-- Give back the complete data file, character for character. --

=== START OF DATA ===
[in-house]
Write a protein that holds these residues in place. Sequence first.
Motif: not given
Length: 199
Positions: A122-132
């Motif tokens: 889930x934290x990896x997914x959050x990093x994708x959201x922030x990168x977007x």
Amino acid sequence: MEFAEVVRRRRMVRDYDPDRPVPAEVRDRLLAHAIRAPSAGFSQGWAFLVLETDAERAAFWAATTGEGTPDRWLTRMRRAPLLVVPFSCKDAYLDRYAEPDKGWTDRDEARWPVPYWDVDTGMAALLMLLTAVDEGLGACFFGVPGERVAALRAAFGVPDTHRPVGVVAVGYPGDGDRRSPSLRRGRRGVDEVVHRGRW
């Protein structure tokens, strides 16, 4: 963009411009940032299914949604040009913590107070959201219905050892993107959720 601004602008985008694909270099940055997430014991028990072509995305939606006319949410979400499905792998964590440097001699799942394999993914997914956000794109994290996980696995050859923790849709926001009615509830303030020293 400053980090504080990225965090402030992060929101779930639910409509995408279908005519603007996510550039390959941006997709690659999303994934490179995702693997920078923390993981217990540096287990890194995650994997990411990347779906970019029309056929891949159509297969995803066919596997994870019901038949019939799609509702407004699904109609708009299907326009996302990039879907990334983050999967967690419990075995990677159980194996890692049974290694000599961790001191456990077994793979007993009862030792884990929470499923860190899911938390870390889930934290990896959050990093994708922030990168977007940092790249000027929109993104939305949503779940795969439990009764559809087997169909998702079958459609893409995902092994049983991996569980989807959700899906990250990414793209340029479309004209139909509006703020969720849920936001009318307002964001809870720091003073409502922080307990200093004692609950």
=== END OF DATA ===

[in-house]
Write a protein that holds these residues in place. Sequence first.
Motif: not given
Length: 199
Positions: A122-132
């Motif tokens: 889930x934290x990896x997914x959050x990093x994708x959201x922030x990168x977007x």
Amino acid sequence: MEFAEVVRRRRMVRDYDPDRPVPAEVRDRLLAHAIRAPSAGFSQGWAFLVLETDAERAAFWAATTGEGTPDRWLTRMRRAPLLVVPFSCKDAYLDRYAEPDKGWTDRDEARWPVPYWDVDTGMAALLMLLTAVDEGLGACFFGVPGERVAALRAAFGVPDTHRPVGVVAVGYPGDGDRRSPSLRRGRRGVDEVVHRGRW
């Protein structure tokens, strides 16, 4: 963009411009940032299914949604040009913590107070959201219905050892993107959720 601004602008985008694909270099940055997430014991028990072509995305939606006319949410979400499905792998964590440097001699799942394999993914997914956000794109994290996980696995050859923790849709926001009615509830303030020293 400053980090504080990225965090402030992060929101779930639910409509995408279908005519603007996510550039390959941006997709690659999303994934490179995702693997920078923390993981217990540096287990890194995650994997990411990347779906970019029309056929891949159509297969995803066919596997994870019901038949019939799609509702407004699904109609708009299907326009996302990039879907990334983050999967967690419990075995990677159980194996890692049974290694000599961790001191456990077994793979007993009862030792884990929470499923860190899911938390870390889930934290990896959050990093994708922030990168977007940092790249000027929109993104939305949503779940795969439990009764559809087997169909998702079958459609893409995902092994049983991996569980989807959700899906990250990414793209340029479309004209139909509006703020969720849920936001009318307002964001809870720091003073409502922080307990200093004692609950």